Angels in Scrubs

In a few hours I’m scheduled for surgery, an operation I’ve known was coming since last April. Compared to many procedures to remove cancerous tumors, mine will be relatively simple. Over the last few months I’ve had a lot of time to ponder the types of cancer I could’ve been diagnosed with – cancers that aren’t treated so easily. Cancers that don’t have such a hopeful prognosis. Cancers that have spread to other parts of your body.

That’s not the case for me.

I will have a lumpectomy, which together with radiation and Herceptin infusions over the next year will give me a five percent chance of recurrence of cancer over the next eight years. Those are great odds, if you ask me.

But I’m still scared.

I’ve had enough surgeries in my lifetime to know that most of the time things go just fine and you recover without a hitch. And I know that sometimes there are complications.

The last time I had surgery there were complications and it was no picnic. It took ten more days in the hospital and five more surgical procedures to repair the damage. The doctor did everything he could to make it right, including standing at the foot of my bed and telling me he was sorry.

That’s a good doctor, if you ask me.

During one of the last procedures, I woke up, keenly aware of the tube down my throat and a choking sensation. Terrified, I remember thinking, oh God, just put me back to sleep! Not being able to speak or move, I opened my eyes, thinking that would alert someone, which it probably did because I went back to sleep shortly thereafter. But right before I did, I glanced over to the corner of the room and noticed a nurse I hadn’t seen before – and by that time I knew all the staff involved in this particular procedure. Standing with her arms folded and one foot crossed over the other, she smiled at me.


“You’re okay,” she said. “He’s right here with you.”

I went back to sleep and never saw her again.

So maybe it was all the drugs they’d given me that week. Maybe it was just a dream.

Or maybe it was an angel in scrubs.

And whether I actually see her tomorrow or not, he’ll be there.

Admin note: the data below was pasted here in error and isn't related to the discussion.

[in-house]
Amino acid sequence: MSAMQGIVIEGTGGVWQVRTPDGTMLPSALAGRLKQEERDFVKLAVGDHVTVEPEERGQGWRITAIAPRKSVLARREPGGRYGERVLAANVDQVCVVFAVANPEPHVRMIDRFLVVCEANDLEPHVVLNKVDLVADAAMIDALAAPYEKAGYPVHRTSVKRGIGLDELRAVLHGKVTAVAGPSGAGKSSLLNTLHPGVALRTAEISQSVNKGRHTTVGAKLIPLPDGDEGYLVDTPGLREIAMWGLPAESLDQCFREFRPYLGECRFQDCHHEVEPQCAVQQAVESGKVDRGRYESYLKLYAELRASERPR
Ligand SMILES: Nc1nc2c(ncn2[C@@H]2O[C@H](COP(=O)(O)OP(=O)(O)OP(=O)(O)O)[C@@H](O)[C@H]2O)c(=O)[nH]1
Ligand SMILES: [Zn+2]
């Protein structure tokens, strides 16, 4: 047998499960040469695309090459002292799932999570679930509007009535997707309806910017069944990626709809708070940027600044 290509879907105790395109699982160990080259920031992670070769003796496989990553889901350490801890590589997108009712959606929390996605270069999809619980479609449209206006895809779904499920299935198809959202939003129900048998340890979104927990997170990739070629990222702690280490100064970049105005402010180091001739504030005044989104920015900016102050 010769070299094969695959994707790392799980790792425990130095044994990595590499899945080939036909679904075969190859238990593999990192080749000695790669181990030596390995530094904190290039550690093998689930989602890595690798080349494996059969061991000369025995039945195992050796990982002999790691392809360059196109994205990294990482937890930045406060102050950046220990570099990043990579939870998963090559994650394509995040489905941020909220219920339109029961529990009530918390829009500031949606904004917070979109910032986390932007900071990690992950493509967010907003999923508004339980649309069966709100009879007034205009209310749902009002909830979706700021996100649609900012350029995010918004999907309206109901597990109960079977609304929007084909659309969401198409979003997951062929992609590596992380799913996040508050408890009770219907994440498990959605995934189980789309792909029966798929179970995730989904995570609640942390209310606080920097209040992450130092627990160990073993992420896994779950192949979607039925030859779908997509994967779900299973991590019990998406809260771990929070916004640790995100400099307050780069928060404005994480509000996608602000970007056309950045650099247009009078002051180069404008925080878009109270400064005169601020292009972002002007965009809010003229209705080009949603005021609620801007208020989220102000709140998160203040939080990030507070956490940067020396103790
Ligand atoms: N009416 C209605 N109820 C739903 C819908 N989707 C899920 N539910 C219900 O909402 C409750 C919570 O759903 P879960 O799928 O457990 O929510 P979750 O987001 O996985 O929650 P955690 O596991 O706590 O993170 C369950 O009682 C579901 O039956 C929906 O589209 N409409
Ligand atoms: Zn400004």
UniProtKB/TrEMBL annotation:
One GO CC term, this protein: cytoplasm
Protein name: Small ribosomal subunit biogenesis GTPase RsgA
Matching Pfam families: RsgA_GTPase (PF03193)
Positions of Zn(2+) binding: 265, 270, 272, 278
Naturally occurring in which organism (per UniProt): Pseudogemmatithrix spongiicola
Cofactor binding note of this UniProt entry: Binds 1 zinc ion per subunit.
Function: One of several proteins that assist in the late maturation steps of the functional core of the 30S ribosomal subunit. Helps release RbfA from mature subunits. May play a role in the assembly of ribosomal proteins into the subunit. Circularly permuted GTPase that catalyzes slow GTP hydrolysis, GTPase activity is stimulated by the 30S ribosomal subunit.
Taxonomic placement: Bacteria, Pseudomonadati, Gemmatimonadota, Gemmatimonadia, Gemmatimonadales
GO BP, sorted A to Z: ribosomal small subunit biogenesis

9 Comments Add yours

  1. Ann Mariotti says:

    Sally, you are such an inspiration to me! You have taken this journey with grace I can’t describe. May the Lord heal your body quickly. And thank you for your story. Praying for your quick recovery. Love, Ann Mariotti

  2. Eric Whelchel says:

    Now that you’re out of surgery and safe at home, we will step up the prayers to a whole new level for a full, cancer free recovery. God bless you!

  3. Steve says:

    Lifting you up before the Gentle Healer today.

  4. Carl Agee says:

    I am praying for you Sally and asking for a speedy and complete recovery. Carl

  5. bbbam1 says:

    GOD loves you Sally and so do the Marshalls in Wichita Falls. The Angel in scrubs represents all of us as we watch over you and the doctors along with God doing the same thing.

  6. Turpin, Candra says:

    Praying for you that the surgery goes well and for speedy and complete healing.

    In Christian love from Oklahoma,

    Candra Turpin

  7. Terri Kellar says:

    Yes He is, and you have hundreds of prayer warriors on their knees for you.
    Including me! love you sweet friend

  8. como62 says:

    Sally, I’m praying this morning for your body to be perfectly safe and rid of every cancer cell for your lifetime with this lumpectomy. God IS there with you.

  9. raye lakey says:

    Paul and I are praying relentlessly and wish we could be there. Paul could just tell the medical staff that he’s your minister or pastor.

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